Why a pro-Kurdish Russia infuriates Turkey
Russia’s issues with Turkey go beyond the Su-24 downing, as Moscow’s desire to increase its presence in the Middle East is fundamentally at odds with Turkey’s desire to do the same, according to an analysis by Stratfor, the global intelligence company.
Russia knows exactly how to push an opponent’s geopolitical buttons. Since Turkey downed a Russian Su-24 fighter jet - exacerbating an already tense rivalry centred on regional dominance - Moscow has set about punishing Ankara politically and economically. Now, in its goal to antagonise Ankara further, Moscow is exerting its considerable influence on a particularly sensitive spot for Turkey: the Kurds.
Last week, Russian Foreign Minister Sergei Lavrov welcomed Selahattin Demirtas, the leader of the Peoples’ Democracy Party (HDP), Turkey’s most important Kurdish political party. According to Demirtas - who announced the meeting from the southeastern province of Diyarbakir, the main battleground for Turkish and Kurdish forces - the Peoples’ Democracy Party will establish an office in Moscow. The politician claims he can do what Turkish President Recep Tayyip Erdogan cannot: mend Turkey’s relationship with Russia. What is left unsaid, however, is that Demirtas wants to show Erdogan that the Kurds are a political force that cannot be sidestepped in elections or crushed in the streets. This meeting, the highest-level diplomatic encounter between Russia and Turkey since relations soured last month, comes after the Kremlin refused point blank to reconcile with Ankara.
After all, Russia’s issues with Turkey go beyond the Su-24 downing. Moscow’s desire to increase its presence in the Middle East is fundamentally at odds with Turkey’s desire to do the same. Russia knows that by supporting the Kurds, it weakens Ankara. To this end, Russia recently insisted that the Democratic Union Party - Syrian Kurds associated with the Kurdistan Workers’ Party (PKK) - must have a seat at the negotiating table along with other Syrian opposition groups. In October, Russia invited the Syrian Kurdish group to open an office in Moscow, emphasising a desire to coordinate with the Democratic Union Party and the Syrian government to target the Islamic State.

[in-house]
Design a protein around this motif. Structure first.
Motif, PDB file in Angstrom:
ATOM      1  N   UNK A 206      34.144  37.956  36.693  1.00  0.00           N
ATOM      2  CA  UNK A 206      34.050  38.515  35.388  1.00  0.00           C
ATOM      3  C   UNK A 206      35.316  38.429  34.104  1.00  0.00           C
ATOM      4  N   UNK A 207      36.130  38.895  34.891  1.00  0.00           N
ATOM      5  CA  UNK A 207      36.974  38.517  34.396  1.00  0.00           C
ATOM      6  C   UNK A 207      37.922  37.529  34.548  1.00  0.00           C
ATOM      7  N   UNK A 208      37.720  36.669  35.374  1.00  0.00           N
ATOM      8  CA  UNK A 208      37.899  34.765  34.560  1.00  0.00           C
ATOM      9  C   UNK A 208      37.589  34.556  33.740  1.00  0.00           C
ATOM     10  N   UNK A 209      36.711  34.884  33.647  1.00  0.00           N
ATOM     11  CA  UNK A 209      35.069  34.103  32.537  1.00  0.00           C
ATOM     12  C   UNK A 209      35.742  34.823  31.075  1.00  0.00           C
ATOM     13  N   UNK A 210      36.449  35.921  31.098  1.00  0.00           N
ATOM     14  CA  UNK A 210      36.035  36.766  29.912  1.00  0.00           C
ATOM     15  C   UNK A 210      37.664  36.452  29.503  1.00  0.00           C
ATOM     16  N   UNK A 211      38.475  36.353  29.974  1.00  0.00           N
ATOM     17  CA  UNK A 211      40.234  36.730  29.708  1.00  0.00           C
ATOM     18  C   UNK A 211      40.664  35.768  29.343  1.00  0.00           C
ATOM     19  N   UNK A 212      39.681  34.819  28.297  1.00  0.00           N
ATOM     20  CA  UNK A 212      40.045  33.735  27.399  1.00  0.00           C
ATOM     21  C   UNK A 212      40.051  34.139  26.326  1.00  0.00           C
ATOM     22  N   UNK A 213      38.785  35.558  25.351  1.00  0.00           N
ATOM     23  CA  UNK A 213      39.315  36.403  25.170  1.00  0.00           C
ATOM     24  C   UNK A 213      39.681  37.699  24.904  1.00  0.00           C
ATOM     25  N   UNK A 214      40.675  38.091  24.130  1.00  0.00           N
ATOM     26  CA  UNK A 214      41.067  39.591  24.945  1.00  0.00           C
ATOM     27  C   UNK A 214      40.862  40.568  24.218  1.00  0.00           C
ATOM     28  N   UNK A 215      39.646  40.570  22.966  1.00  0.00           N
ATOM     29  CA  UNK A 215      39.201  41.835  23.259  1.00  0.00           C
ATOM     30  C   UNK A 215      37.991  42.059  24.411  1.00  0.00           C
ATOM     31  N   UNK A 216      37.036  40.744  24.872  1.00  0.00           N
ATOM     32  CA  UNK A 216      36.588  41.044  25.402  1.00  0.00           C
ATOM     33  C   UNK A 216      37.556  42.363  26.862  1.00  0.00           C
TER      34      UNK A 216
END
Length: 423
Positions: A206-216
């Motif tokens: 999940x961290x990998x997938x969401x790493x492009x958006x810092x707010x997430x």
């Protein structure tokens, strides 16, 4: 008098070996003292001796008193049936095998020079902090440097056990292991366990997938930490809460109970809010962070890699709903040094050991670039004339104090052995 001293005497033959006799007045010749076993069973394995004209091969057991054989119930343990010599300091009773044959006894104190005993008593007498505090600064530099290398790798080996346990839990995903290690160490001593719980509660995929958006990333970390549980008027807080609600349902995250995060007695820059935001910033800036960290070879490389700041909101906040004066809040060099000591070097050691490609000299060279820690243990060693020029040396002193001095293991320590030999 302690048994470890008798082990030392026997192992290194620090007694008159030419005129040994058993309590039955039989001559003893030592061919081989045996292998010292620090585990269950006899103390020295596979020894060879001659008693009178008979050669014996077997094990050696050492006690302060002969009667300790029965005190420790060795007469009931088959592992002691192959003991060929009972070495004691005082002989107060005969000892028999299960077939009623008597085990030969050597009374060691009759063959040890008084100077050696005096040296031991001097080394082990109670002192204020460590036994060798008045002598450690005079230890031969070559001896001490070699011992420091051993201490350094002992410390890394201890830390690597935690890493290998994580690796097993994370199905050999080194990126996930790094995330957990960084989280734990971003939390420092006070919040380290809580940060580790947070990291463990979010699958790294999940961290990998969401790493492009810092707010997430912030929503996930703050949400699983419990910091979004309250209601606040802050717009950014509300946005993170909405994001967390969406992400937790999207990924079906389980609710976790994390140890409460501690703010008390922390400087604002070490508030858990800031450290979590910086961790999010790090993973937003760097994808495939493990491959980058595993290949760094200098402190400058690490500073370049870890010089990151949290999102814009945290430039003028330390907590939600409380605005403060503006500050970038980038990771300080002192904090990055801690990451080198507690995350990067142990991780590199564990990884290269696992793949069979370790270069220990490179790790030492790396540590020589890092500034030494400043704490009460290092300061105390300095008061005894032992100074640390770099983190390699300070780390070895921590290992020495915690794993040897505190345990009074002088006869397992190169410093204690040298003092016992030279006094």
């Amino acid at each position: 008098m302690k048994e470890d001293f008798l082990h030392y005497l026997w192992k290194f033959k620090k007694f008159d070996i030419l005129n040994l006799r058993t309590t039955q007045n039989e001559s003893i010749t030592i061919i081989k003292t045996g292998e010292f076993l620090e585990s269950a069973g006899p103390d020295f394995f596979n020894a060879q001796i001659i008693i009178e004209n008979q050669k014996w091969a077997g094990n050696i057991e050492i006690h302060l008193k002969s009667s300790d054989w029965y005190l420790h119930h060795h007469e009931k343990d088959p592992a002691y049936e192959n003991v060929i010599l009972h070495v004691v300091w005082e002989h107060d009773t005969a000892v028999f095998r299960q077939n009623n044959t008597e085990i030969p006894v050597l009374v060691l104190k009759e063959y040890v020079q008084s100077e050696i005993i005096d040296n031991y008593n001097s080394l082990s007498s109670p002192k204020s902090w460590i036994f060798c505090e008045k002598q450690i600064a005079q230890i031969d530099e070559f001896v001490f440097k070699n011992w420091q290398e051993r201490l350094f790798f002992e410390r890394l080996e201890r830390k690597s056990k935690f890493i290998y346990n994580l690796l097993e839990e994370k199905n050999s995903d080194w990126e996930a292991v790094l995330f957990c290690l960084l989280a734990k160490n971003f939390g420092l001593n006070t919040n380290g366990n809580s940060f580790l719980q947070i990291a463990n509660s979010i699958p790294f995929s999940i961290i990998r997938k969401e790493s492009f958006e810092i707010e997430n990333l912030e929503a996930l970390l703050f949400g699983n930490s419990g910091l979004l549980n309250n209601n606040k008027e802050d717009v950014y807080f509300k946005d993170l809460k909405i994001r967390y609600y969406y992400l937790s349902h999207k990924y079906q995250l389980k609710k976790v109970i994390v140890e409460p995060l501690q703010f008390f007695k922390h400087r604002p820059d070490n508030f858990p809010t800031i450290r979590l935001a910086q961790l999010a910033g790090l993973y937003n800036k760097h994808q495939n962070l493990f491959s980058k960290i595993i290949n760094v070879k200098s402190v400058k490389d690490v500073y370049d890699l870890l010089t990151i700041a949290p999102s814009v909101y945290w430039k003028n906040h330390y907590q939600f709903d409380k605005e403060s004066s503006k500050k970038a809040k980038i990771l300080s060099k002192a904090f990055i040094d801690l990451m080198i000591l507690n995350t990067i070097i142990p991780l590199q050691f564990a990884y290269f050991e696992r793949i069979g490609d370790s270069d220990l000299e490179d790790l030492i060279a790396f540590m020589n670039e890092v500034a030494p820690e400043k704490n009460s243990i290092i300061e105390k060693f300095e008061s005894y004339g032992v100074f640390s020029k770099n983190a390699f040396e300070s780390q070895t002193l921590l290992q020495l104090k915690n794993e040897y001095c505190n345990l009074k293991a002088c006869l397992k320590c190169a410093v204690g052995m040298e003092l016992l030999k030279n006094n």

Russia has only recently come out in support of the Democratic Union Party’s militia - known as the People’s Protection Units - in its fight against the Islamic State and against rebels holding territory around the town of Azaz. Yet, the Syrian Kurdish group was quick to deny this, wary of open support from Moscow. This makes sense considering the importance of US support channeled through the Syrian Democratic Forces.
The Russians have indeed launched deep interdiction strikes against the Islamic State in northern Aleppo, but have avoided the People’s Protection Units’ lines so far. Russian jets could also be targeting rebel logistics routes running from Turkey. Still, the Democratic Union Party’s participation in negotiations could eventually lead to Kurdish autonomy in northern Syria, which could then become a fertile bastion of Kurdish activity from which the PKK could organise strikes. This would be a terrible outcome for Turkey, and Russia knows it.
For Demirtas, a meeting with the Russian foreign minister demonstrates the relevance of the HDP and its potential to gain support from Moscow, which the Kurdistan Workers’ Party has enjoyed for decades. While the United States and European Union have designated the PKK as a terrorist organisation, the People’s Democracy Party is a legal political party with representation in the Turkish parliament. Although the HDP officially distances itself from the PKK, both groups share certain ideals, goals and patrons.